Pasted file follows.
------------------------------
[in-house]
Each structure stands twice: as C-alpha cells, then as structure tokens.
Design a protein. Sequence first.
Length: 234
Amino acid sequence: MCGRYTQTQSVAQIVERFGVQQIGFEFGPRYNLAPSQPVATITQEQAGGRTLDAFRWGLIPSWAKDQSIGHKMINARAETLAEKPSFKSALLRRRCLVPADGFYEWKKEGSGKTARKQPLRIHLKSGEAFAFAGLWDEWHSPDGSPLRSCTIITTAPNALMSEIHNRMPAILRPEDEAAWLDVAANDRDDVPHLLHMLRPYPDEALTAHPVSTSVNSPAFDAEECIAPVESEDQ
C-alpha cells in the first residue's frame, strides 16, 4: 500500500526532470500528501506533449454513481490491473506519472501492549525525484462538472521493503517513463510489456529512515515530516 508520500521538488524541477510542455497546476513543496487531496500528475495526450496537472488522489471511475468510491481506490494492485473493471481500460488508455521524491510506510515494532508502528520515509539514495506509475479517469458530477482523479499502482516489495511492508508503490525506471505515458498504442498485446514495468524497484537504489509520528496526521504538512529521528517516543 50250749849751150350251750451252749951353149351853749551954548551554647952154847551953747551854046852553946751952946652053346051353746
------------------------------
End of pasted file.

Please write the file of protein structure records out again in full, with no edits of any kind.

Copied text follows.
[in-house]
Each structure stands twice: as C-alpha cells, then as structure tokens.
Design a protein. Sequence first.
Length: 234
Amino acid sequence: MCGRYTQTQSVAQIVERFGVQQIGFEFGPRYNLAPSQPVATITQEQAGGRTLDAFRWGLIPSWAKDQSIGHKMINARAETLAEKPSFKSALLRRRCLVPADGFYEWKKEGSGKTARKQPLRIHLKSGEAFAFAGLWDEWHSPDGSPLRSCTIITTAPNALMSEIHNRMPAILRPEDEAAWLDVAANDRDDVPHLLHMLRPYPDEALTAHPVSTSVNSPAFDAEECIAPVESEDQ
C-alpha cells in the first residue's frame, strides 16, 4: 500500500526532470500528501506533449454513481490491473506519472501492549525525484462538472521493503517513463510489456529512515515530516 508520500521538488524541477510542455497546476513543496487531496500528475495526450496537472488522489471511475468510491481506490494492485473493471481500460488508455521524491510506510515494532508502528520515509539514495506509475479517469458530477482523479499502482516489495511492508508503490525506471505515458498504442498485446514495468524497484537504489509520528496526521504538512529521528517516543 50250749849751150350251750451252749951353149351853749551954548551554647952154847551953747551854046852553946751952946652053346051353746